You would have to be living under a pretty big rock, (Did you like like that? See what I did there?) not to know that there is some controversy these days around climbing Australia’s most iconic attraction.
Since the 1940’s “The Rock” has been a worldwide destination and until only recently, climbing it was marketed as the thing to do, the whole point of visiting it. Well known as being a very difficult climb, it has attracted visitors from far and wide to come and “conquer” it.
These days it is very different. Whilst you are still allowed to climb it, it is not encouraged, in fact, it is beginning to err on the side of being frowned upon, socially taboo if you like. (The badges and stubby coolers available in the souvenir shop now state ” I didn’t Climb Uluru”)
You would be hard pressed not to take two steps once inside the national park without being presented with sometimes subtle, sometimes downright confronting (37 people have died climbing Uluru) information attempting to give you a different reason for visiting other then trampling over the top of it.
Let me try and give you an insight into the journey I have taken over the last few days at Uluru.
I am a sceptic, I’m more a believer of the sciences then the spiritual so when people say things like “there is something magical/mystical about that place” or, “I took a piece of it home when I visited and we had 3 flat tyres and a breakdown on the way home, nothing but bad luck since I took that piece home” I smile and nod and walk away, discreetly calling the people with the nice white jackets with one sleeve to come pick them up.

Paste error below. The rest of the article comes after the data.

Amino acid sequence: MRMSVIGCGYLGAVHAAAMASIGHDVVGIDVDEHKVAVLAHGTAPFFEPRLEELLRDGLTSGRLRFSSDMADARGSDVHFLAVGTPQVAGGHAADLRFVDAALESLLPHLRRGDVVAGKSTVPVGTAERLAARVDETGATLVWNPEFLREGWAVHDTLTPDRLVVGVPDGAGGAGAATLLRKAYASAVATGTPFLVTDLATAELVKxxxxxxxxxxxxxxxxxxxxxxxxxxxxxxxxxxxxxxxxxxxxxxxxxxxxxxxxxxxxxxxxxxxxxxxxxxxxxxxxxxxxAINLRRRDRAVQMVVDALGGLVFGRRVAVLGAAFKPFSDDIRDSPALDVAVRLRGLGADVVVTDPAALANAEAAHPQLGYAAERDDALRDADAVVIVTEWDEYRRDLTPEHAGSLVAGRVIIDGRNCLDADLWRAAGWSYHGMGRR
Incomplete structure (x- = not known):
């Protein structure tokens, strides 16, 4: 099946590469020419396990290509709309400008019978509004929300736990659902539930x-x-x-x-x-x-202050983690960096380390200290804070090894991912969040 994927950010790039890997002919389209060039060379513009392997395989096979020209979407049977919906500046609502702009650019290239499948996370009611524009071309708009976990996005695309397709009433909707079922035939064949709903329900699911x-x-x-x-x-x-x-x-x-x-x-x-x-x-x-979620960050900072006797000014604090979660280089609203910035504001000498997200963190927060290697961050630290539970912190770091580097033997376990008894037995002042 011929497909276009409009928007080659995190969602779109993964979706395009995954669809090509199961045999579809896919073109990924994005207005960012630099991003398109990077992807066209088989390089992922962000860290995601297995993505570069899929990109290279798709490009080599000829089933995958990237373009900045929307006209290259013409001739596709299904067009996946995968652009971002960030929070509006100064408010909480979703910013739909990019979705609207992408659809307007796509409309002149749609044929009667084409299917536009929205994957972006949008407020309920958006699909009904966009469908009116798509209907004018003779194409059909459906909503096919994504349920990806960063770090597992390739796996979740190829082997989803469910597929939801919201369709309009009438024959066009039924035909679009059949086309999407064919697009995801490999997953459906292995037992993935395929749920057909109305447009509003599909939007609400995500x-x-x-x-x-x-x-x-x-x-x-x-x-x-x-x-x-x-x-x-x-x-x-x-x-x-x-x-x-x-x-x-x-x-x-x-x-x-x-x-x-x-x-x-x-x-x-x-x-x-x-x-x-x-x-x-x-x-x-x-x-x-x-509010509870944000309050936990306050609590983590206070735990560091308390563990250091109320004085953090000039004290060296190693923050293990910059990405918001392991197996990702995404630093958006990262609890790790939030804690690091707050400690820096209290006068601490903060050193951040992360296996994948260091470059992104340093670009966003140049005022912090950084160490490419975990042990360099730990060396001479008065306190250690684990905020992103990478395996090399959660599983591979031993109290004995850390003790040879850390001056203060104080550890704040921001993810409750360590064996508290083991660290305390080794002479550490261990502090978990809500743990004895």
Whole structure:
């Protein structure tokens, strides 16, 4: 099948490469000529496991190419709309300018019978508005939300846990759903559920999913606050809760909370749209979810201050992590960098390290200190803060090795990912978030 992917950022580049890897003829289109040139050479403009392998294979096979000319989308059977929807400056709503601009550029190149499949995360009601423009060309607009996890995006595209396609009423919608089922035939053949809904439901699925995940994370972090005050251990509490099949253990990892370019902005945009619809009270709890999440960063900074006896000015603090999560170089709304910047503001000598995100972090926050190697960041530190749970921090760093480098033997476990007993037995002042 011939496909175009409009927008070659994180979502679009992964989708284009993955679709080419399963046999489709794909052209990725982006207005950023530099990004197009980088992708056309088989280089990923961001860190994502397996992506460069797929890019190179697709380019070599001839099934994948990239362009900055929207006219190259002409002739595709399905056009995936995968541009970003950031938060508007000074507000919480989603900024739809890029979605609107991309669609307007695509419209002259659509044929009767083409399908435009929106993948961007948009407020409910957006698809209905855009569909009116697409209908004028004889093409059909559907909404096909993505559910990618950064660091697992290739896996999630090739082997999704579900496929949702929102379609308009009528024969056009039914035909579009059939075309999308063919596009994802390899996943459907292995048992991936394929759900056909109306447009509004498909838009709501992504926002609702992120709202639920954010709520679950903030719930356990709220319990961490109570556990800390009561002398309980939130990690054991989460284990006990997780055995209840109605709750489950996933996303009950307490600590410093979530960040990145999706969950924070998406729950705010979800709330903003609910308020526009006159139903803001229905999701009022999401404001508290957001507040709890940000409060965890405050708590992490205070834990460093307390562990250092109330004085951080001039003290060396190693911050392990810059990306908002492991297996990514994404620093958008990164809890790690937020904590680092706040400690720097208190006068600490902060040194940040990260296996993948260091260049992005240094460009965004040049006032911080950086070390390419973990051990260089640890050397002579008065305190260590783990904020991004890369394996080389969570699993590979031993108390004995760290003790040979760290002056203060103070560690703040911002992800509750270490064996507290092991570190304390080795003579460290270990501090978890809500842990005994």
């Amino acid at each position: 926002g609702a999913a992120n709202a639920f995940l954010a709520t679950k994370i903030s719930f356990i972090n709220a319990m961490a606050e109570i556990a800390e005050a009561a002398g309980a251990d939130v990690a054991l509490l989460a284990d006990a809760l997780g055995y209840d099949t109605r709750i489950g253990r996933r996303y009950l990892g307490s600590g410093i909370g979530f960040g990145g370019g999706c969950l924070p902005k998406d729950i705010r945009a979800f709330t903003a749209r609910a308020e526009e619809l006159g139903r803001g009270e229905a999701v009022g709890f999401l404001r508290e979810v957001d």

I came to Uluru to do one thing, test some more of my photography skills and try and get a keeper that would go straight to the pool room. Jack was interested in climbing it, so I also figured if he didn’t chicken out once we got here, it would be a fun thing to do with my little man.
On the first sighting, approx 40klms out from Yulara (the campground/resort you have to stay in, still 20klms from the rock itself) I was impressed. As we got closer it became apparent just how big it is. I guess growing up in Australia I have seen so many photos of it, I was probably a bit desensitised. We pulled in, set up right on dusk, and walked up a little hill to a look out and watched the sunset on the rock. Again, I was impressed.
The next day we went into the park, and with every kilometre closer, it simply got bigger and bigger until we were at the cultural centre (this is where every piece of information about the park recommends you begin, to the point that there is actually nothing giving clear directions on how to even get to the rock itself) This pretty much ensures that any first timers are almost guaranteed to see the cultural centre before the rock itself.
Jess and I have travelled a bit, we have walked through our fair share of “interpretation centres” good and bad. This would be the best I have seen. It was so natural, so symbiotic, so unobtrusive inside and out that it was easy to assimilate into the surroundings, become immersed.